Sunday, August 14, 2016

Putin’s Regime Stalinist in Form but Not in Content, Shelin Says

Paul Goble

            Staunton, August 14 – Last week, Moscow political analyst Nikolay Petrov argued that Vladimir Putin’s regime had shifted from a Brezhnevite to a Stalinist approach in the way it uses the bureaucracy to run the country (

            Now, Sergey Shelin, a commentator for the Rosbalt agency, argues that while “the current Russian regime appears similar” to Stalin’s, “the logic of its behavior is entirely different,” a distinction that he argues does not bode well either for it or for Russia as a whole (

            Putin’s regime does share many external characteristics of Stalinism, Shelin says, including a personalist dictatorship, isolationism, and a cold war with the United States. But if one examines the situation closely, he continues, one can see that this is an entirely new “play” even if “the scenery” appears to be the same.

            In the early 1950s, Shelin points out, “the Soviet Union really fought with the US in Korea” and achieved a certain victory as a result. But now, “the goal of the continuing operation in Syria is only to force the US to respect Russia.”

            At the time of late Stalinism, when Moscow routinely claimed Russian superiority in all things, the Soviet government nonetheless tried to make use of all the intellectual and technical achievements of the West and devoted enormous means to building up its own intellectual capacities.

            Under Putin today, “the archaic nature of propaganda and the practice of administration are in almost complete harmony.” The current regime “doesn’t need educated people,” and the bureaucracy calls for spending less on education and science. Even those institutes which have not yet been cut “aren’t very certain about the future.”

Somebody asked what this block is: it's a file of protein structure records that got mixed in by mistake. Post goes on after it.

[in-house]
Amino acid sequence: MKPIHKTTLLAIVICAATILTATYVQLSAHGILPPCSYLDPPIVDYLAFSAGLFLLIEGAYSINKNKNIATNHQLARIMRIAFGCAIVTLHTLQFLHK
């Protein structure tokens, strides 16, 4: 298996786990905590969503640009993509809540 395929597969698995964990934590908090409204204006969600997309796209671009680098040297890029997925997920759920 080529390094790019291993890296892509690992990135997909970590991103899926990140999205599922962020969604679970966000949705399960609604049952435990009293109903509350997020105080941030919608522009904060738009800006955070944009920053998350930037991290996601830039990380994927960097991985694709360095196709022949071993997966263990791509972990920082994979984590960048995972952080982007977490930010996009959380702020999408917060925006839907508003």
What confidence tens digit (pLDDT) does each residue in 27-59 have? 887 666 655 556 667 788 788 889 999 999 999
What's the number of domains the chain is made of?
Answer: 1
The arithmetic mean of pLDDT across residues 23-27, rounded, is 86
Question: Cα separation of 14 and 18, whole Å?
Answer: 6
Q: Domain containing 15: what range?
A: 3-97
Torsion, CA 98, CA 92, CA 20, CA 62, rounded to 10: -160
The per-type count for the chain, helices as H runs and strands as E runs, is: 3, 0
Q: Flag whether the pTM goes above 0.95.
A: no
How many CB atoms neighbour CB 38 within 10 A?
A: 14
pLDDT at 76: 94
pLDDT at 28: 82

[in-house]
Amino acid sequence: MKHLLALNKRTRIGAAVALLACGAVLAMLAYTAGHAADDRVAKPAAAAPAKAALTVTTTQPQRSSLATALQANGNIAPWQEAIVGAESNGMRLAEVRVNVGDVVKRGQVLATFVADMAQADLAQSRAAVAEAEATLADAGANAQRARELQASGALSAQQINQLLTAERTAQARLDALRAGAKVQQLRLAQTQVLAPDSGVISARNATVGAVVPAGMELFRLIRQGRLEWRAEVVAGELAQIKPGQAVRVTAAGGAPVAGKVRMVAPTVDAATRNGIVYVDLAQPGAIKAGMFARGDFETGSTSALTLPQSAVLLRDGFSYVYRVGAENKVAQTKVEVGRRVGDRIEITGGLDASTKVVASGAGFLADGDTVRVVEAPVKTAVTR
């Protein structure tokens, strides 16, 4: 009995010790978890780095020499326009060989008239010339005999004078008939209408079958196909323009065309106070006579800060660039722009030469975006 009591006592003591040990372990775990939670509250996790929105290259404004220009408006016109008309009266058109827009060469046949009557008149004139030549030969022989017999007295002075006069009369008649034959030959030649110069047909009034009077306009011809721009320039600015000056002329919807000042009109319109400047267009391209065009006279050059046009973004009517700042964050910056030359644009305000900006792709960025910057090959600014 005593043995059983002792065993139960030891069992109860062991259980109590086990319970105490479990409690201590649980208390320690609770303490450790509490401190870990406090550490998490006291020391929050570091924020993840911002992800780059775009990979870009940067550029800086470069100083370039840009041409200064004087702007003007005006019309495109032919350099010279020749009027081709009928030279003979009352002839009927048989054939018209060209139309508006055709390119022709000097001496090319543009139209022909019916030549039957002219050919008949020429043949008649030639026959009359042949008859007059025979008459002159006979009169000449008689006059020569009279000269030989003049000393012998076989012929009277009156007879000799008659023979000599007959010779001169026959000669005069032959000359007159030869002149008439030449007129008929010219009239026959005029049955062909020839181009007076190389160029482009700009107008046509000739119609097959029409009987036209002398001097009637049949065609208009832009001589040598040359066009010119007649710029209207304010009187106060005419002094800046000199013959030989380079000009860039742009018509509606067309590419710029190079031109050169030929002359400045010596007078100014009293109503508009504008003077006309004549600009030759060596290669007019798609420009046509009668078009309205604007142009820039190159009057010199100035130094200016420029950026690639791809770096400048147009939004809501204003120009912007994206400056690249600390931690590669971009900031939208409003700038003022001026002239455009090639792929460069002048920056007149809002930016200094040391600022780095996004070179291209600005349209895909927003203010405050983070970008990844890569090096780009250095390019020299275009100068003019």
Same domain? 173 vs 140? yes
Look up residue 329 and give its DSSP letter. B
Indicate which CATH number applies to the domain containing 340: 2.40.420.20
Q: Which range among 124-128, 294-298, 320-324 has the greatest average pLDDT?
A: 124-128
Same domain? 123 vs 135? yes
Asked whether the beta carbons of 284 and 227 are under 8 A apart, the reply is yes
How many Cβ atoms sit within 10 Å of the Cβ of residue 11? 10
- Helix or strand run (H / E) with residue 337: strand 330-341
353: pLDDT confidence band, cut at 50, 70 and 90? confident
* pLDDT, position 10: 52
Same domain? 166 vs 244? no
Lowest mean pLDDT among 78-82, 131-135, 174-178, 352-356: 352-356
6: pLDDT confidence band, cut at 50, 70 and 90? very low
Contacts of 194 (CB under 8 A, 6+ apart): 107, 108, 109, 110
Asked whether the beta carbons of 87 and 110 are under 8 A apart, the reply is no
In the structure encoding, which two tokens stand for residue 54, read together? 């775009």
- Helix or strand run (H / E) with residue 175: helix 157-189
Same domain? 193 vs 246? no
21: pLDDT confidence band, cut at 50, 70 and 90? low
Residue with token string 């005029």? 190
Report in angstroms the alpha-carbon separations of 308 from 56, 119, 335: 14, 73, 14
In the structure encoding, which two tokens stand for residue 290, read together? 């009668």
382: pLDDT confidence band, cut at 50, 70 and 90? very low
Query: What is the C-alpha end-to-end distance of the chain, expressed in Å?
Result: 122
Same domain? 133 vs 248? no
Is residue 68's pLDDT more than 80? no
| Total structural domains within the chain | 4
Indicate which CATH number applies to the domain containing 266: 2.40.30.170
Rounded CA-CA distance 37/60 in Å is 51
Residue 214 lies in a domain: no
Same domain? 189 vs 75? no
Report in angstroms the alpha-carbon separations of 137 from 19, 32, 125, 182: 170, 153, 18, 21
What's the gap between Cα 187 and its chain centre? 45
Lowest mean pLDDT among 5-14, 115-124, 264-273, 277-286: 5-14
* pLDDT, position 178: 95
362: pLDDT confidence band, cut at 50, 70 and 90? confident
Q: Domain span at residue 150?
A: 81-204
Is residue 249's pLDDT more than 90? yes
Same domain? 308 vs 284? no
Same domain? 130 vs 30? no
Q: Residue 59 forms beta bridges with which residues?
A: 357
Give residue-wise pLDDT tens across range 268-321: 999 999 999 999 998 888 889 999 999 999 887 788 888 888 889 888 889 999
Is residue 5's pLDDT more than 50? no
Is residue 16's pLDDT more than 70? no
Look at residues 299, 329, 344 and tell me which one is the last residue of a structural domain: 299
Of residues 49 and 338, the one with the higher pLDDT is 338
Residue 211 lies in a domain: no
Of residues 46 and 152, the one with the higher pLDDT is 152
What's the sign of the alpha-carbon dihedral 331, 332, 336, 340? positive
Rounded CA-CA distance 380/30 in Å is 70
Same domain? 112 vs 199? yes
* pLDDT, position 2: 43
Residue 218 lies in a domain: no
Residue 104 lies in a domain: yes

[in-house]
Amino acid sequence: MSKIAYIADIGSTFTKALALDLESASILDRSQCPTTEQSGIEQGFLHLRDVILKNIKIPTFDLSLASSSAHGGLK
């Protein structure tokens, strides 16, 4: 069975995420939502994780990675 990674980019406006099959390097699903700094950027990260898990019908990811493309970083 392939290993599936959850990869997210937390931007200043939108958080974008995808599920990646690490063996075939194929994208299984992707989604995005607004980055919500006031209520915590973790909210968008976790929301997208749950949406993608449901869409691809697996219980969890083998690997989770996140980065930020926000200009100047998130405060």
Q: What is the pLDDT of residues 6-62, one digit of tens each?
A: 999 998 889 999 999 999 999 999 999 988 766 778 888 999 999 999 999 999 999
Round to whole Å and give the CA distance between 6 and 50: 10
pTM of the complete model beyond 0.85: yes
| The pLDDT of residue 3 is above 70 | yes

At the end of the Stalin people, people from top to bottom lived in “permanent panic and fear” and most lived in poverty as well, “but on the other hand, the system as a whole did not doubt in its own power and confidently looked to the future” when “historical victories and grandiose successes were expected.”

            Today, Shelin continues, most Russians are far better off materially then their grandparents and they are not as much afraid.  But most of them “try not to look into the future” because “the regime in general does not have any picture of the future” that they can understand and work towards.

            Consequently, despite “all the external similarities of ‘the Stalinist variant’ in its original form with what we have today,” the Rosbalt commentator says, “the approaches of the two regimes to reality are completely different because to repeat Stalinism, one would need a country which has not existed for a long time.”

            In the early 1950s, the Soviet Union was a much larger country, with many satellites, and could increases both military spending and investment in education and science at the same time.  That is no longer true: The Russian Federation has fewer than half as many people as the US, no satellites, and must choose between guns and butter to the ultimate detriment of both.

            That means that the Putin regime however bombastically it may claim otherwise, simply cannot compete with the West in the way that the Soviet Union. “its power is less,” its period of economic growth is in the past, and its citizenry, however much they say they support the Kremlin leader, aren’t ready for a replay of real Stalinism with its fears and sacrifices.

            And that in turn means, Shelin concludes, that what some are calling “the Stalinist variant of the 21st century” points not to “fear as did its historical prototype but only to sadness, admittedly a feeling that is ever deeper and with no sense that there is a way out.”

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